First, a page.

The shift towards the emerging economies will continue. But its most tumultuous phase seems to have more or less reached its end. Growth rates in all the BRICs have dropped. The nature of their growth is in the process of changing, too, and its new mode will have fewer direct effects on the rest of the world. The likelihood of growth in other emerg-
WHY BRASIL INCREASING ECOTOURISM
is increasing rapidly in the North East of Brazil. The area and development will have the full support of both the national and federal governments who are keen to promote the area for ecotourism and sustainable property development. Ecotourism is one of the world’s fastest growing industries predicted to expand by 25% over the next 6 years and worth an impressive US$473.6 billion per annum (Source: International Ecotourism Society).
As a result the housing market is opening with more mortgage products becoming available and increased interest from foreign investors. The north east region is particularly popular with Brazil’s substantially growing middle class and foreign purchasers looking to buy second homes. Property values are predicted to soar with the upcoming international events – 2014 FIFA Football World Cup and 2016 Olympics.
BUOYANT ALL-YEAR ROUND TOURISM North East Brazil has one of the strongest tourism and real estate markets in the country with over 6 million foreign tourists. It is also the most popular destination for the majority of the 50 million Brazilian tourists who holiday in Brazil each year. The tourism industry is booming with experts predicting that over 300 additional passenger aircrafts will be required over the next 20 years to cope with tourism growth. The climate is sunny and warm with little variation throughout the year, attracting Europeans, Americans and Brazilians across all seasons. Demand for quality holiday property is therefore high, particularly property located in resorts that offer a variety of amenities and fit in well with their surrounding environment.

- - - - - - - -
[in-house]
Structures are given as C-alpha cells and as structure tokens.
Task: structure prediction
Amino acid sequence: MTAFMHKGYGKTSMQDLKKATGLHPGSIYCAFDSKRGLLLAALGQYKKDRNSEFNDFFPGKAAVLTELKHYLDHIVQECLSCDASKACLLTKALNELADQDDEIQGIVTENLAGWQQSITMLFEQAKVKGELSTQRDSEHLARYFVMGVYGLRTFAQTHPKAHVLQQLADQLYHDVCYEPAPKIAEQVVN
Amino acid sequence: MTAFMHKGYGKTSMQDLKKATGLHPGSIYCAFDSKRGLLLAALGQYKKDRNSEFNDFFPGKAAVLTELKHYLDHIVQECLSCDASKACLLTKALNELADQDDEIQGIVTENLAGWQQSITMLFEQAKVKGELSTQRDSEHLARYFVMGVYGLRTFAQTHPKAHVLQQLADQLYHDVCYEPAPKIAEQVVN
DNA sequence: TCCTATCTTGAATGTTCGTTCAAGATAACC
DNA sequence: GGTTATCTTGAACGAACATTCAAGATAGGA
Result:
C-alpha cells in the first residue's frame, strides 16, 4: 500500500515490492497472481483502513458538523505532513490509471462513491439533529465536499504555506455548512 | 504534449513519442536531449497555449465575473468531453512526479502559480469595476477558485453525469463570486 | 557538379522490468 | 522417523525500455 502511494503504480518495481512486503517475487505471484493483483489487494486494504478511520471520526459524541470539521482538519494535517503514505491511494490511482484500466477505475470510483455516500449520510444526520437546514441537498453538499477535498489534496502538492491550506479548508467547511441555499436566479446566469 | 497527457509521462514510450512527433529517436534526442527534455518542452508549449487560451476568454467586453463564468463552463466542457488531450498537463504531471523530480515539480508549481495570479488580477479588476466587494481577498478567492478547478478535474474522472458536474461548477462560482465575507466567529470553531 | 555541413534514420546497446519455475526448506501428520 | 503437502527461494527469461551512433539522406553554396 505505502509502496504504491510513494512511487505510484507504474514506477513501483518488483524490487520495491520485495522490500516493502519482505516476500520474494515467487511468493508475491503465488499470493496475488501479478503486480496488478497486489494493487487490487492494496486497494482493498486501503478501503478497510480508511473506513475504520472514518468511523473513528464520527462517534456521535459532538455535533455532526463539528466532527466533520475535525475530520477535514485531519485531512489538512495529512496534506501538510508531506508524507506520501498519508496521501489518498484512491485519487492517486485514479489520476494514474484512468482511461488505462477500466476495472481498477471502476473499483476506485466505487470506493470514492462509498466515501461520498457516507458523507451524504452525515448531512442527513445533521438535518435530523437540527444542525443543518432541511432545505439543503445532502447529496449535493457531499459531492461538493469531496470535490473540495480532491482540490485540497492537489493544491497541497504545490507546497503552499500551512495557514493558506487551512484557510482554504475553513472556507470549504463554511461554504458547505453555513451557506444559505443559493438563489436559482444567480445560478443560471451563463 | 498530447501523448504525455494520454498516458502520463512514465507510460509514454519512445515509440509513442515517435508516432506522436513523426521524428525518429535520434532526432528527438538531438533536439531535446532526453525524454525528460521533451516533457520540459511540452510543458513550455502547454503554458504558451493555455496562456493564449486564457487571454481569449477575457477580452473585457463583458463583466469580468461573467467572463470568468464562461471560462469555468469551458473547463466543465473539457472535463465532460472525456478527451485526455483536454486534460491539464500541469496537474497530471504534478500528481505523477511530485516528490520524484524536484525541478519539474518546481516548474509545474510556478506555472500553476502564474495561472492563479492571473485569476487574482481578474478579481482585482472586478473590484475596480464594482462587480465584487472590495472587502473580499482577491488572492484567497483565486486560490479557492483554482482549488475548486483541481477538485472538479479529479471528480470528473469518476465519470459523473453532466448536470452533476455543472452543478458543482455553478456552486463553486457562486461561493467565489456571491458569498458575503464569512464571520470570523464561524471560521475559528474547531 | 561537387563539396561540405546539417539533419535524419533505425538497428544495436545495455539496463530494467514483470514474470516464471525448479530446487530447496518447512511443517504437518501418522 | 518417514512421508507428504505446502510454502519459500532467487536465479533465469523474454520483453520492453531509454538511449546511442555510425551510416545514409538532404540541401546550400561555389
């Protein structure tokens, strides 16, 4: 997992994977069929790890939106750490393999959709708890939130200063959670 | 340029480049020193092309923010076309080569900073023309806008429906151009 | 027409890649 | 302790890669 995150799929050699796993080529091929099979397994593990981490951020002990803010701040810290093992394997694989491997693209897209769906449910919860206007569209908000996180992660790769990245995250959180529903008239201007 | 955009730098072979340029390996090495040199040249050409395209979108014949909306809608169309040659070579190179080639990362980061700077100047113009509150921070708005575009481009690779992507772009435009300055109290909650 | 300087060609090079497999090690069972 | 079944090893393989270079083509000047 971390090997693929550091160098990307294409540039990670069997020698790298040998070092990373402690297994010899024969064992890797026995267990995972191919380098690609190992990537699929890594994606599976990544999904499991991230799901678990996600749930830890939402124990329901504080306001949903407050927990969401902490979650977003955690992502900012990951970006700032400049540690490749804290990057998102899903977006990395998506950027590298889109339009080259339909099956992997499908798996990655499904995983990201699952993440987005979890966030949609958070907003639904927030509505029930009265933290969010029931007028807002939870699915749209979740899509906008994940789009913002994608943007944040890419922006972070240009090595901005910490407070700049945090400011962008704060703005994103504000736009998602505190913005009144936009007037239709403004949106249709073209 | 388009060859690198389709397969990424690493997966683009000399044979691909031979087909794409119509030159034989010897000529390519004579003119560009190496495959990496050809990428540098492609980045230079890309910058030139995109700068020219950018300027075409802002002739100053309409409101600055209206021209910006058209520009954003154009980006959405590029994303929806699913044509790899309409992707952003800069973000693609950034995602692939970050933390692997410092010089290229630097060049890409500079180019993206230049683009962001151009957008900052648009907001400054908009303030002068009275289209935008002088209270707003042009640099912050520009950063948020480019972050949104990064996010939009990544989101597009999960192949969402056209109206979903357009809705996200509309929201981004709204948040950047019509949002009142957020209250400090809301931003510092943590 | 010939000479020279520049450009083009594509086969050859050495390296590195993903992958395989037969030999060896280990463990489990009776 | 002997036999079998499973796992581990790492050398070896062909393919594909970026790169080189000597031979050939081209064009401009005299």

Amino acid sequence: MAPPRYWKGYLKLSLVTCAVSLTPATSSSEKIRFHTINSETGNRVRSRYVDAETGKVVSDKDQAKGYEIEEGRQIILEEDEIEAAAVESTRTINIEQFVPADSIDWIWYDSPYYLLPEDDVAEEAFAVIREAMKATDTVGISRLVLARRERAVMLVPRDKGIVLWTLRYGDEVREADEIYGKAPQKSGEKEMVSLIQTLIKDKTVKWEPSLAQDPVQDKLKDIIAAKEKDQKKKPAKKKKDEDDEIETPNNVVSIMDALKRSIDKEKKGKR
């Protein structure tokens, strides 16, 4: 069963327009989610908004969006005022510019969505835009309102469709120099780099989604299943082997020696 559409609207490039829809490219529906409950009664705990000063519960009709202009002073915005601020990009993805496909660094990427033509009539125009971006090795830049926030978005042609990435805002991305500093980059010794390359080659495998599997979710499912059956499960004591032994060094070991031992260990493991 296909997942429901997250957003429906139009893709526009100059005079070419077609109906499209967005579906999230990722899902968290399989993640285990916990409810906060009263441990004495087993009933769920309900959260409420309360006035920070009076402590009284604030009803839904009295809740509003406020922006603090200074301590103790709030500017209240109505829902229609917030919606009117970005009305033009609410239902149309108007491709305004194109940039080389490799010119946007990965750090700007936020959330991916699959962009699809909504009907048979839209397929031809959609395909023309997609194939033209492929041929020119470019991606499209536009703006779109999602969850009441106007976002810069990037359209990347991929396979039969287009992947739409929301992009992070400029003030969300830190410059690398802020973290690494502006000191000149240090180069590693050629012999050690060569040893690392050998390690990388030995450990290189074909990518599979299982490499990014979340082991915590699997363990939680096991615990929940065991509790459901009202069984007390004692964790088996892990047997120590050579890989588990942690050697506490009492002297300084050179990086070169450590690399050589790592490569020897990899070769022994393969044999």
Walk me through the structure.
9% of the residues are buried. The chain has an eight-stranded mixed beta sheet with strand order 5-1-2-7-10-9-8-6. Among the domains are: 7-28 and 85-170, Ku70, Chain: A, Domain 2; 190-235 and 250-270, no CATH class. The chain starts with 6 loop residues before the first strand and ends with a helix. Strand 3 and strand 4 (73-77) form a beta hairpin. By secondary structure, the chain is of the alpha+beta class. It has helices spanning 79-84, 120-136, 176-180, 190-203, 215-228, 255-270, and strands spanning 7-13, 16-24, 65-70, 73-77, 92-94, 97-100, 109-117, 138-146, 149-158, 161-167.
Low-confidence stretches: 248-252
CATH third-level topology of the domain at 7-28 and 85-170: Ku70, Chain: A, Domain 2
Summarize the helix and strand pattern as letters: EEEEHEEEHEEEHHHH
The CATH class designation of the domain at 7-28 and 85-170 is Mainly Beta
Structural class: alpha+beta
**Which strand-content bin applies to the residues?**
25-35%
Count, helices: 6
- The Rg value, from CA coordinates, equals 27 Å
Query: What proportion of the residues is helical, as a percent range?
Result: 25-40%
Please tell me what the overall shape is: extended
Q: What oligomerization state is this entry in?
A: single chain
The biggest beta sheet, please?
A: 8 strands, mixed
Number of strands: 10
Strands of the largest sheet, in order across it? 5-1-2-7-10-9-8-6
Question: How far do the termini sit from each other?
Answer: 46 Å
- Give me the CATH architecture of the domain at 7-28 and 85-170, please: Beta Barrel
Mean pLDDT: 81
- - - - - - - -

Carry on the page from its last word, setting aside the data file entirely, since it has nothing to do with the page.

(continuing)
BRAZIL’S THRIVING ECONOMIC FUNDAMENTALS Brazil’s economy has gone from strength to strength over the past decade. Strong macroeconomic policies, the rediscovery of Brazil’s natural resources, social and economic reforms have helped increase exports and present Brazil as a viable investment destination in international markets, with a particularly bullish property market.
INTERNATIONAL EVENTS 2014 World Cup and 2016 Olympics Brazil’s tourism industry is benefitting greatly from the announcement of several high profile events to be held in the country. The 2014 FIFA World Cup and the 2016 Olympics in Rio de Janeiro is set to be a huge draw for visitors to the country. Local and federal governments have allocated a total investment of €13 billion to improve infrastructure and facilities throughout the country ahead of the World Cup (Source: bbc.co.uk). Both events will further raise the country’s profile, increase foreign investment and accelerate tourism. BOOMING PROPERTY MARKET Demand for property from both the domestic and foreign markets is soaring. The lowering of interest rates has increased domestic demand in the housing market as more Brazilians are able to afford homes. This has led to property prices appreciating significantly over the past six or seven years. Average capital appreciation on completed property in north east Brazil is 20% per annum with land purchases even more favourable.